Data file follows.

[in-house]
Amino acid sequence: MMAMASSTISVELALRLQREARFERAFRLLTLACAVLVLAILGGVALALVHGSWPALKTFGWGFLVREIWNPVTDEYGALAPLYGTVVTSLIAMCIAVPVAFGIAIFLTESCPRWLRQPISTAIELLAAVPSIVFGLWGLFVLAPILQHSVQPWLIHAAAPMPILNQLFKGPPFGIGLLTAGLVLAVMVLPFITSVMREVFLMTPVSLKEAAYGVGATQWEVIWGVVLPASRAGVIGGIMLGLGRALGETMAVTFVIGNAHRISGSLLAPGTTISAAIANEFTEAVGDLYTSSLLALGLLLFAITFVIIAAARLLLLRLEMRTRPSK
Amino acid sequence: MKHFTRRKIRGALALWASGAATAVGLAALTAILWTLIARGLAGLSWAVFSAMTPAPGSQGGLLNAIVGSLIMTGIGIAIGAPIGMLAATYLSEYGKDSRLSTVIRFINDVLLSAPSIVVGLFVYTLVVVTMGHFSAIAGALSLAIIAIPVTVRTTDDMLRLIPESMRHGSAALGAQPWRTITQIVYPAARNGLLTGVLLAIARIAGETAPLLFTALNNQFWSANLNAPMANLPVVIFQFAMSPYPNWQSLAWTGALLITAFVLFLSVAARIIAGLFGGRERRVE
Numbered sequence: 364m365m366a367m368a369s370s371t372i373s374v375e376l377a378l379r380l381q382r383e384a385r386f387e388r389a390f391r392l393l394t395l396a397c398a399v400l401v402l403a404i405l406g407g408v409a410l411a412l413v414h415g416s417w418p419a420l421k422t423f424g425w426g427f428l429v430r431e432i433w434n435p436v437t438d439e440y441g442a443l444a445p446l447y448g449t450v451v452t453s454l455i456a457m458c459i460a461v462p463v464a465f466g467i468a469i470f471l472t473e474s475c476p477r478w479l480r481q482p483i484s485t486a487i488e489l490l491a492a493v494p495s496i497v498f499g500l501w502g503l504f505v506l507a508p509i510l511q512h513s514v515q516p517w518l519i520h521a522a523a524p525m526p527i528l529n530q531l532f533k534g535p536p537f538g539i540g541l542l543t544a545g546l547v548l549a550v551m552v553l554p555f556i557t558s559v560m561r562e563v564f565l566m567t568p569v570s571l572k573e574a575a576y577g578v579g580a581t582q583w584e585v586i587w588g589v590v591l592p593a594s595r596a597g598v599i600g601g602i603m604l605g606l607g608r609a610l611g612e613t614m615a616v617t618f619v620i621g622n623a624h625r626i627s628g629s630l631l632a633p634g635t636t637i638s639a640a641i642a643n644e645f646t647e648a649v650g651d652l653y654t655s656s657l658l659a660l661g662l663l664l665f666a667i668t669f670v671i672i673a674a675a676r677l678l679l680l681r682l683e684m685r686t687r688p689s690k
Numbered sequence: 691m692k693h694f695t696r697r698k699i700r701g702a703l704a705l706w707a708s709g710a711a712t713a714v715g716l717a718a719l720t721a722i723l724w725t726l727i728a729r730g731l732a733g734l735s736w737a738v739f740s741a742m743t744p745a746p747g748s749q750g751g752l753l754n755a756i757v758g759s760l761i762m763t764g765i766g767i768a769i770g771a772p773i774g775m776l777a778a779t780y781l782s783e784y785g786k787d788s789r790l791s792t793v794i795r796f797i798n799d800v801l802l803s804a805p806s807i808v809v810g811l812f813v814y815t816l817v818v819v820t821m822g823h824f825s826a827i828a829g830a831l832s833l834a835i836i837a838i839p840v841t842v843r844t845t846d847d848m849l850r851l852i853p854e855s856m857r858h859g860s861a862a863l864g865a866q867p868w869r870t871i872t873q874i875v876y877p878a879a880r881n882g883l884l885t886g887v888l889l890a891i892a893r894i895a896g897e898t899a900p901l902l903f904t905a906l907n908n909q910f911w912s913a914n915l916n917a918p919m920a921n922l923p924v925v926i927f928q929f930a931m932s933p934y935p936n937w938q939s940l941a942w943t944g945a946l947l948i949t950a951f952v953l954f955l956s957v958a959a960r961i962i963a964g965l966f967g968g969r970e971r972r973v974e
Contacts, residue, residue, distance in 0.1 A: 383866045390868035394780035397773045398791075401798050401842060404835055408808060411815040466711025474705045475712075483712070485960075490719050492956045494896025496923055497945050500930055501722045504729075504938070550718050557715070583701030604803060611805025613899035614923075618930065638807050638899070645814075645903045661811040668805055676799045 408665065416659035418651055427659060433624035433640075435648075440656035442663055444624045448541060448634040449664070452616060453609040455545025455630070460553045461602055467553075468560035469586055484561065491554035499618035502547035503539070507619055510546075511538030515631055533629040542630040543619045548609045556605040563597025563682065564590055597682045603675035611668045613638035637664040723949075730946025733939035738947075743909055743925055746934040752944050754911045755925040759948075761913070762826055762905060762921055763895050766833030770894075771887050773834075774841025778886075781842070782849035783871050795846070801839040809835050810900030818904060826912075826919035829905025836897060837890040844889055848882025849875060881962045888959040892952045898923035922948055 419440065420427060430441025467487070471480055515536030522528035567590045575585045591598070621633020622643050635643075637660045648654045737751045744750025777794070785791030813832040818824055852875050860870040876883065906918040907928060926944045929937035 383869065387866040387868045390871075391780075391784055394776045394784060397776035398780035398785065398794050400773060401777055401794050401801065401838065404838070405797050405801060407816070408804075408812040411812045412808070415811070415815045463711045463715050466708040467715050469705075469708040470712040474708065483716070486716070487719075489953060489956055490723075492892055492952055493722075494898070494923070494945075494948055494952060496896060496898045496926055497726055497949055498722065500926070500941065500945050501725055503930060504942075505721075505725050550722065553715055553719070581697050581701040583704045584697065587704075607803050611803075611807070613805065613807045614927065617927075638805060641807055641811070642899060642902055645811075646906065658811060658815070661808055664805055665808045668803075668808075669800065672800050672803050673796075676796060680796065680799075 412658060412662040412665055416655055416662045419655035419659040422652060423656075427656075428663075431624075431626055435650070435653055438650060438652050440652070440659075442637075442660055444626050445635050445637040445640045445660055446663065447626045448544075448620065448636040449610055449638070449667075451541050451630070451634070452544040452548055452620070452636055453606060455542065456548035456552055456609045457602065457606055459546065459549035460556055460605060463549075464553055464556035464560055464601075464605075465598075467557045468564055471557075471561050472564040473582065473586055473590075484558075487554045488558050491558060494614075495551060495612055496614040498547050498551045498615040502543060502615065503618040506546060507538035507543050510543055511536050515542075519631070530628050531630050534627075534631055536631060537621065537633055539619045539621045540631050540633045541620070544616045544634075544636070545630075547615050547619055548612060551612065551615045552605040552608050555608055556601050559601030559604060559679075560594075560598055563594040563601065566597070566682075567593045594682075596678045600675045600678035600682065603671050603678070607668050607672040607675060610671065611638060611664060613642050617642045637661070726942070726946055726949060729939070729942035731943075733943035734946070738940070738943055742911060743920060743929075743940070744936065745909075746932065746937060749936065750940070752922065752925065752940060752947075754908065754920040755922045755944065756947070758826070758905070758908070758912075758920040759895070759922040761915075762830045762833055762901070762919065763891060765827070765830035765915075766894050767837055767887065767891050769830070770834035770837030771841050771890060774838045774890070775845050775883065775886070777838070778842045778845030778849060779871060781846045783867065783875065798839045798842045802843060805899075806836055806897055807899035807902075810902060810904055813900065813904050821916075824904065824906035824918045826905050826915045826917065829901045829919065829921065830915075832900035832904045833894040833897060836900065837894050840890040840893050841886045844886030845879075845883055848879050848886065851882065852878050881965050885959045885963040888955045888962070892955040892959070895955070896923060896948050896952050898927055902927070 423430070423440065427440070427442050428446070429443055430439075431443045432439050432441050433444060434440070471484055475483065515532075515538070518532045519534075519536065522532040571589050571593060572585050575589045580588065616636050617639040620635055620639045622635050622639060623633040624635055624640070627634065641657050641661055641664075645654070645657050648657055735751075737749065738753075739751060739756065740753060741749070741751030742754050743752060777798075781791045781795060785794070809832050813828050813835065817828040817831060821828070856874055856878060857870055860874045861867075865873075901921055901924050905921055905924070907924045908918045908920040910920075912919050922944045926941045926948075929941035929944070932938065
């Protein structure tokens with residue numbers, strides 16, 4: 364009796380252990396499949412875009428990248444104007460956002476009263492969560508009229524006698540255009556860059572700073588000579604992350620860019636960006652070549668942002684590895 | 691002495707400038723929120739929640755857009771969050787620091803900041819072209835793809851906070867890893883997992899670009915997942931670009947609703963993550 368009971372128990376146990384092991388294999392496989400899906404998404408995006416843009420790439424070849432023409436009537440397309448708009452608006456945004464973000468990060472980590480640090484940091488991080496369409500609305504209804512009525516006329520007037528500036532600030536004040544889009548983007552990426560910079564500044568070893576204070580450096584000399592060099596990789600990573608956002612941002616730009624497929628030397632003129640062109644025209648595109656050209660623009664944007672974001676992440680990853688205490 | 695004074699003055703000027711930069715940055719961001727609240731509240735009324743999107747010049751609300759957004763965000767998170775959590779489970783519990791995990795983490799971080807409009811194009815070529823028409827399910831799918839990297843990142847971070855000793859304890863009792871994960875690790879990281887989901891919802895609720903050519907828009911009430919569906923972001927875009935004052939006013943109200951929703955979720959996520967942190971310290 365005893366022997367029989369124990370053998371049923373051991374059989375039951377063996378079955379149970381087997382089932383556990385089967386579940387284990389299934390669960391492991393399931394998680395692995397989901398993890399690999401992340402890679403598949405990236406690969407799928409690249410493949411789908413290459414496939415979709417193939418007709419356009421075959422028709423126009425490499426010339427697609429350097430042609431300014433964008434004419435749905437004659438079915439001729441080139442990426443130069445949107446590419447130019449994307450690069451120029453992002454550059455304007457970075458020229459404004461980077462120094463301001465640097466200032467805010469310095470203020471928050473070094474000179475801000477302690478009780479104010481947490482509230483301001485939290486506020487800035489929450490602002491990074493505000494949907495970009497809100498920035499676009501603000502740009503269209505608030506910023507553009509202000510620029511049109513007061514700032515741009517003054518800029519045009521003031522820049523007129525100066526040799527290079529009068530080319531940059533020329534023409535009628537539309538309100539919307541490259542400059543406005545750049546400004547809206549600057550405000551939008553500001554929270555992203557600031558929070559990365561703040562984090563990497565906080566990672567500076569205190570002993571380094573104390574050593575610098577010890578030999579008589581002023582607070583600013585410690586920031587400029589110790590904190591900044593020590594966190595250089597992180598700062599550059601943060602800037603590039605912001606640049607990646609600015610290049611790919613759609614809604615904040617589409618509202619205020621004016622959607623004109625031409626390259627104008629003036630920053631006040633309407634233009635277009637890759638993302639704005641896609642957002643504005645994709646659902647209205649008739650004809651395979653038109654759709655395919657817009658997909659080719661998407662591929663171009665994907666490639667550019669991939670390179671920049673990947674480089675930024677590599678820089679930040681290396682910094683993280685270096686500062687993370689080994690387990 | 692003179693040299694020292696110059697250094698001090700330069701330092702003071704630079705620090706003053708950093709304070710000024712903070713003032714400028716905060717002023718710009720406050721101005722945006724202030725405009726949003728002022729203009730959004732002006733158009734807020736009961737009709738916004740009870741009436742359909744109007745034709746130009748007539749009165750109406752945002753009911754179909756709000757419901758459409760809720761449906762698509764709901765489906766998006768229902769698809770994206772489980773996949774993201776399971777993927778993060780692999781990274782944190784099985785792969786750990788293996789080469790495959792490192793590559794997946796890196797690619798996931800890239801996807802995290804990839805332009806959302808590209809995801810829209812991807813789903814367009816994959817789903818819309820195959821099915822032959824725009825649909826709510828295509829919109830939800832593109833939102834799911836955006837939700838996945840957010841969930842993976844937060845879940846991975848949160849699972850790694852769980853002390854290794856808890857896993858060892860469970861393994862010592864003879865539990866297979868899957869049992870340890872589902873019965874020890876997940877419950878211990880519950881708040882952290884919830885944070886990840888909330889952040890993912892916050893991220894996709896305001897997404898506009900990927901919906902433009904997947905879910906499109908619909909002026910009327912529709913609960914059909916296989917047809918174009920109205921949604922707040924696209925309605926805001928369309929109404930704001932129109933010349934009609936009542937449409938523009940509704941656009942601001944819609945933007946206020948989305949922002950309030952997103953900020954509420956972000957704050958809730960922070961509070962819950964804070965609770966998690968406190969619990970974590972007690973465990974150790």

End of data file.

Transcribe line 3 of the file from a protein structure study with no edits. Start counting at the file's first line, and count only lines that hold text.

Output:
Amino acid sequence: MKHFTRRKIRGALALWASGAATAVGLAALTAILWTLIARGLAGLSWAVFSAMTPAPGSQGGLLNAIVGSLIMTGIGIAIGAPIGMLAATYLSEYGKDSRLSTVIRFINDVLLSAPSIVVGLFVYTLVVVTMGHFSAIAGALSLAIIAIPVTVRTTDDMLRLIPESMRHGSAALGAQPWRTITQIVYPAARNGLLTGVLLAIARIAGETAPLLFTALNNQFWSANLNAPMANLPVVIFQFAMSPYPNWQSLAWTGALLITAFVLFLSVAARIIAGLFGGRERRVE